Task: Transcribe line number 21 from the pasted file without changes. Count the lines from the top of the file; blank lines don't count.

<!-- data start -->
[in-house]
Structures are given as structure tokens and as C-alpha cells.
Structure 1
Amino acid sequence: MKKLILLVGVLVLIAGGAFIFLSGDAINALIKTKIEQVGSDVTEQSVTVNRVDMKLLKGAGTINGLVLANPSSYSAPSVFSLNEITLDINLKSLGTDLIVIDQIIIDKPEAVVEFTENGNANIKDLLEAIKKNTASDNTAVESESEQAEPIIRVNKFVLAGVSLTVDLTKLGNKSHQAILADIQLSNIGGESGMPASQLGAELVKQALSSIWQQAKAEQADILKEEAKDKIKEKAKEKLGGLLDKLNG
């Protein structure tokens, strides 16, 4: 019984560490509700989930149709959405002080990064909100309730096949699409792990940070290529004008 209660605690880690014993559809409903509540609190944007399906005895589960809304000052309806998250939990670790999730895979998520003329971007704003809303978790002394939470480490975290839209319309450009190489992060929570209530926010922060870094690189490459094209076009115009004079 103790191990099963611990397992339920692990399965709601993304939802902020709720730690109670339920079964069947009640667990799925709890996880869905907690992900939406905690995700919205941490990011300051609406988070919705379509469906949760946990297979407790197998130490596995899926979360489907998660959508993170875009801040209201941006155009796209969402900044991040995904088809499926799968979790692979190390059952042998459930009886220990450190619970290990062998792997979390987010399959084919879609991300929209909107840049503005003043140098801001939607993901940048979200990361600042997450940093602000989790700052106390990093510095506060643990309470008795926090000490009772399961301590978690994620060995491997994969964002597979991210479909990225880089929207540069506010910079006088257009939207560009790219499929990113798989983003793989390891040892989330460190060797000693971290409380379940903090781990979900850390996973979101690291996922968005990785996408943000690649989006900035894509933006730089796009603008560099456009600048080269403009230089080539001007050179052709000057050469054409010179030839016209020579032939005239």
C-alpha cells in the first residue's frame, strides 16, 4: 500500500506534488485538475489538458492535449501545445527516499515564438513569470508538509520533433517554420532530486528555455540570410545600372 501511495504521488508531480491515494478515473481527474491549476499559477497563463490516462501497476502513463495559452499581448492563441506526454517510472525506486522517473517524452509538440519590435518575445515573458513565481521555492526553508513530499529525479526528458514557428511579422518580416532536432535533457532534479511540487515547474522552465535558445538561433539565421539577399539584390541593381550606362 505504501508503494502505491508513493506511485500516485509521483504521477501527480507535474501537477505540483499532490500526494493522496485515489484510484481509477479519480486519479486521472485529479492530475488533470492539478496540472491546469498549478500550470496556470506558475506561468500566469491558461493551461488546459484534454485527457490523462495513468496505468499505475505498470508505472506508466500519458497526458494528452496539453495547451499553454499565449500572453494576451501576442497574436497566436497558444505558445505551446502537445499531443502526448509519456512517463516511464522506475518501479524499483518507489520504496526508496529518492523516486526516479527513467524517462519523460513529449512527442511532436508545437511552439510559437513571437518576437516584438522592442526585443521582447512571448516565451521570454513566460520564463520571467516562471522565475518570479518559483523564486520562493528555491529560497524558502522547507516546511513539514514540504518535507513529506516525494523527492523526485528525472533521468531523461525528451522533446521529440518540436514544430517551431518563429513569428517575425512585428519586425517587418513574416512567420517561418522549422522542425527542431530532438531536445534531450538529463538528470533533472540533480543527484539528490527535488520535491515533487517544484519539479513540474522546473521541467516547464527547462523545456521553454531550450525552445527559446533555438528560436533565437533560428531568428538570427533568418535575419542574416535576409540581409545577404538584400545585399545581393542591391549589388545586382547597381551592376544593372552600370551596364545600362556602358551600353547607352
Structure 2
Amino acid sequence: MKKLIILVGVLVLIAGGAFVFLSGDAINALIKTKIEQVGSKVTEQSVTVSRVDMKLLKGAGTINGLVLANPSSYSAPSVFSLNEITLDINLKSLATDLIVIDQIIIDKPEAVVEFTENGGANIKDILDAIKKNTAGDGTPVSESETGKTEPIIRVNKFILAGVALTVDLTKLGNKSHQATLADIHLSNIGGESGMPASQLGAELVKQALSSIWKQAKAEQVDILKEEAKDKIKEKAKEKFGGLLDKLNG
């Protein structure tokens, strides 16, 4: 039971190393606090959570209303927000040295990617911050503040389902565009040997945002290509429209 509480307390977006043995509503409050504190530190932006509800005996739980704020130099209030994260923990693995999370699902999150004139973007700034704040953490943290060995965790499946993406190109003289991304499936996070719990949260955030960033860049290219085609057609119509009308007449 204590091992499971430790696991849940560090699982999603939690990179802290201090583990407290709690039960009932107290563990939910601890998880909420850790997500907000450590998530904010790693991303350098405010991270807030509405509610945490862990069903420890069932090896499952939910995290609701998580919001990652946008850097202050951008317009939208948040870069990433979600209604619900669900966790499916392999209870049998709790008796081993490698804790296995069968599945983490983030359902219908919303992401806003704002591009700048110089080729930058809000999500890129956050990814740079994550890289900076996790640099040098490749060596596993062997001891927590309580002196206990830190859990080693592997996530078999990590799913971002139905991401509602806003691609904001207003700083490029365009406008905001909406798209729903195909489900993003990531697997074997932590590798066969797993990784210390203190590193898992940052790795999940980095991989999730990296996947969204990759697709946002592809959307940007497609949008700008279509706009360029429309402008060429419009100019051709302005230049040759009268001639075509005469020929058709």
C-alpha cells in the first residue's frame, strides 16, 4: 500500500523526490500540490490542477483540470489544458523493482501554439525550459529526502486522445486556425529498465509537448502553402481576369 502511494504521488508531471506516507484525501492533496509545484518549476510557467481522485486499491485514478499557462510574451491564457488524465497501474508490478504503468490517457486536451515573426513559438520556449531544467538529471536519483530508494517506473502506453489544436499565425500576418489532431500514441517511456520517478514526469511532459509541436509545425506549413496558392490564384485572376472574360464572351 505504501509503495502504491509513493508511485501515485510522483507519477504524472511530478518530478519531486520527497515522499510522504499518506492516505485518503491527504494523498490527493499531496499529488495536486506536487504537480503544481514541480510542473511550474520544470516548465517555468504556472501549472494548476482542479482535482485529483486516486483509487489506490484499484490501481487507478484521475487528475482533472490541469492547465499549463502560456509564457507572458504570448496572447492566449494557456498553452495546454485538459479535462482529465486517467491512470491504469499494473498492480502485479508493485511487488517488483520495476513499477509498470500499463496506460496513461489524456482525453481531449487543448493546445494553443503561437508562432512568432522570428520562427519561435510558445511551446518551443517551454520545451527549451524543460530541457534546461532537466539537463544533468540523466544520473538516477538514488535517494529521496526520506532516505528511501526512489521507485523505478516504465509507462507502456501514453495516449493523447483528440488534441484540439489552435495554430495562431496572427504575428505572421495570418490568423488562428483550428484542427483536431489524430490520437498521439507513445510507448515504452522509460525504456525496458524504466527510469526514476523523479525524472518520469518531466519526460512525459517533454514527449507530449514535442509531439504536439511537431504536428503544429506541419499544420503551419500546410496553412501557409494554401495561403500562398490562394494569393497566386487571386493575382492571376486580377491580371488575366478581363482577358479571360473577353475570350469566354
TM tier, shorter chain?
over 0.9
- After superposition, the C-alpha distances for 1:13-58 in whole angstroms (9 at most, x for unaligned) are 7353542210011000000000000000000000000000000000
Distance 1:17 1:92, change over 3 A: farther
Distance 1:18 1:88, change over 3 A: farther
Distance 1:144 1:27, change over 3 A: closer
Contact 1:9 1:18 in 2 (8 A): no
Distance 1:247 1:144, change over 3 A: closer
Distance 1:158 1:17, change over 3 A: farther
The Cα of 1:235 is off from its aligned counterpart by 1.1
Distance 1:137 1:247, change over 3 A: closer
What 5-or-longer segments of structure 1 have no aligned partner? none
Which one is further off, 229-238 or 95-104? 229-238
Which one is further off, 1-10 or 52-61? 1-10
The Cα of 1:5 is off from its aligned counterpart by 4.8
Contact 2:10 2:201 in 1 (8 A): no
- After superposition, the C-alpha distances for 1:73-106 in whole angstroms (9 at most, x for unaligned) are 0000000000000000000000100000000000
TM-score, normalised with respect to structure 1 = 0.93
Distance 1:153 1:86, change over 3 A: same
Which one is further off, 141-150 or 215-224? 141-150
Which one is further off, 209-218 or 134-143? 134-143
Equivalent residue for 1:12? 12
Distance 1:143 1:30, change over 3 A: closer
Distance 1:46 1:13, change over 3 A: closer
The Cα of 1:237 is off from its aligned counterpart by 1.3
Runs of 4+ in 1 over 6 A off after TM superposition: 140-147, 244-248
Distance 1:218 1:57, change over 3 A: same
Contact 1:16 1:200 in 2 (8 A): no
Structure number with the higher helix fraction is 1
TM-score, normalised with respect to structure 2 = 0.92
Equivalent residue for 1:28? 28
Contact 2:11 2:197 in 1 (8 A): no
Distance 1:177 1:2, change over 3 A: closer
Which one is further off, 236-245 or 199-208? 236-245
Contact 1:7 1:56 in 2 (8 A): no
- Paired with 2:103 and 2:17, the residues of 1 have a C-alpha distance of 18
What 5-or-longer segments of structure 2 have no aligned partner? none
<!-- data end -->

Distance 1:137 1:247, change over 3 A: closer